"Dead Lines," Greg Bear

Pros: Gorgeous characterization; unusual book and story; wonderful plot
Cons: Some might find it a little slow
Rating: 5 out of 5

Let me make one thing clear about Greg Bear’s “Dead Lines” right from the start. This isn’t an action-packed thrill-ride, even though in some ways it might qualify as a thriller. It isn’t a gore-fest, although it dips its feet into the pool of horror. It enthralls the reader in its own way, without the need for constant gunfire or blood on every page. It would be sad for someone to go into this book with the wrong expectations, because I’ve seen people dislike otherwise gorgeous works simply because they were expecting one thing and got another.

Greg Bear writes some truly unusual stuff. I haven’t read anything by him in a while (to my own shame), but “Blood Music” and his book of short stories, “Wind from a Burning Woman,” left an indelible impression on me years ago. Thus, when my husband and I made an ill-considered binge shopping trip to the local bookstore, we couldn’t resist picking up “Dead Lines”. I’m incredibly glad that we did.

Peter Russell is a largely out-of-work director and photographer (of titillating films and nude shots) with a gentle fondness for the ladies and a tragic love of the drink he no longer allows himself to have. He’s recently-divorced, and only one of his two daughters still lives. Then a chance at redemption arrives: he’s offered an opportunity to promote a new telecom company, one that has developed a revolutionary new communications device called Trans. Trans transmits with utter clarity across a newly-discovered bandwidth. His great opportunity is tainted, however: by self-doubt, fear of failure, the recent death of his best friend… and a new darkness that has entered his life. Everywhere he turns he sees things, things he shouldn’t see. Dead things and memories of the living. Hungry things. And he isn’t the only one…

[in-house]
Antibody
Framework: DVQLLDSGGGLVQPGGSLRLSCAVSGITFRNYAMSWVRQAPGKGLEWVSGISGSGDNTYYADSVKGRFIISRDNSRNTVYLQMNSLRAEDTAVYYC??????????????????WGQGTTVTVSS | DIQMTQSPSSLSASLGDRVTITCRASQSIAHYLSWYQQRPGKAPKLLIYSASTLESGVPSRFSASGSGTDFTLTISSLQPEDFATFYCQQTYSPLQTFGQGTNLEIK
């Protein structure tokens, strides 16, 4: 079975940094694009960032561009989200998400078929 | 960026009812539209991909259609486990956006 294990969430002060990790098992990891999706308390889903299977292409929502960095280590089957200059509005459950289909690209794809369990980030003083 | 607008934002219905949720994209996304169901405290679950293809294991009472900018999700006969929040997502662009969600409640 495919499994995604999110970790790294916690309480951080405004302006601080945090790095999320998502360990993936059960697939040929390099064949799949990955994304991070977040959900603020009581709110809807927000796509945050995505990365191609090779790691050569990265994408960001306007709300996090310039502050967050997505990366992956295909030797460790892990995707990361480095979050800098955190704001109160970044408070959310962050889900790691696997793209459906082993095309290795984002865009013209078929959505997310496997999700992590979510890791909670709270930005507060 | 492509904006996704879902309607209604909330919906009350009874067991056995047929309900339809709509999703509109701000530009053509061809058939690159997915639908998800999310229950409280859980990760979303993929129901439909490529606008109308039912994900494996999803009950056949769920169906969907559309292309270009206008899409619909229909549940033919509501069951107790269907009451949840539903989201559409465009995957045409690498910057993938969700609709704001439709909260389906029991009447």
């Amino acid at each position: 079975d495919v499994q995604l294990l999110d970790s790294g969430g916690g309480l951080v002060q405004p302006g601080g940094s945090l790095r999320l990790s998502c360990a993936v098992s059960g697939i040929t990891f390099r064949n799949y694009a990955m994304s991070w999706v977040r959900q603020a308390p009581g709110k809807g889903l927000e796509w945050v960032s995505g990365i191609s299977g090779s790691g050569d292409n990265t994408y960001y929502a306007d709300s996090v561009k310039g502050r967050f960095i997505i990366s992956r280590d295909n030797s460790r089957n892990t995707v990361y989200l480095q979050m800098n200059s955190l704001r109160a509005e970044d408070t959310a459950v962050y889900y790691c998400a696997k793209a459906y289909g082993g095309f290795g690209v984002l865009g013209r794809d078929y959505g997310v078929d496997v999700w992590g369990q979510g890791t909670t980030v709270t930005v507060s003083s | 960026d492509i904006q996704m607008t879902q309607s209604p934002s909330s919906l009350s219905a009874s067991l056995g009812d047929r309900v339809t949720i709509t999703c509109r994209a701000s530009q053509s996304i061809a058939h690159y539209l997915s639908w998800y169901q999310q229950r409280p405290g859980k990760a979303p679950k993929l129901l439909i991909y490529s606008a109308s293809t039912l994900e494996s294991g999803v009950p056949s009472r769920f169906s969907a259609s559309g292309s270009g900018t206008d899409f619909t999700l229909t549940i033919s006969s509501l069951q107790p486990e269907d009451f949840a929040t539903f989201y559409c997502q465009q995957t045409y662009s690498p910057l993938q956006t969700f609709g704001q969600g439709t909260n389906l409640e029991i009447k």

On the surface of it this doesn’t sound terrifically unusual, and in fact we couldn’t help drawing parallels with a new movie we’ve seen ads for. However, the actual book is quite different from others I’ve read. It doesn’t concentrate on the plot so much as Peter Russell, a complex and fascinating person. It’s easy to empathize with his flaws and appreciate his strengths, and it’s impossible not to care what happens to him and the people around him. He’s the perfect conduit with which to draw the reader into the story.

The plot unfurls and unwinds rather than racing along, free to take some rather unusual twists and turns. This is one of the few books I’ve read where the reader’s attention isn’t drawn to the twists, with each one baldly pointed out; instead they’re simply a part of what’s happening, completely natural and organic. There are multiple mysteries wrapped up in this book’s plot, but it’s easy to forget to think of them as mysteries because they simply unfold as another natural part of the larger succession of events. Who killed Peter’s daughter? What mysterious force at his friend Joseph’s odd mansion blocks the Trans from working there? And can anything reverse the horror that is being visited upon the living?

So many details in this book ring true and bring it alive, but I don’t want to go into them for fear of saying too much. I’ll simply say that Greg Bear takes the story at least one or two steps further than any other author would, and he does it beautifully. If you don’t need constant explosions and chainsaws in order to enjoy your thrillers and horror, if you’re looking for a kind of fear that maybe, just maybe, highlights some of the beauty in this world, then I highly recommend Greg Bear’s “Dead Lines.” Once I started I could barely put it down.

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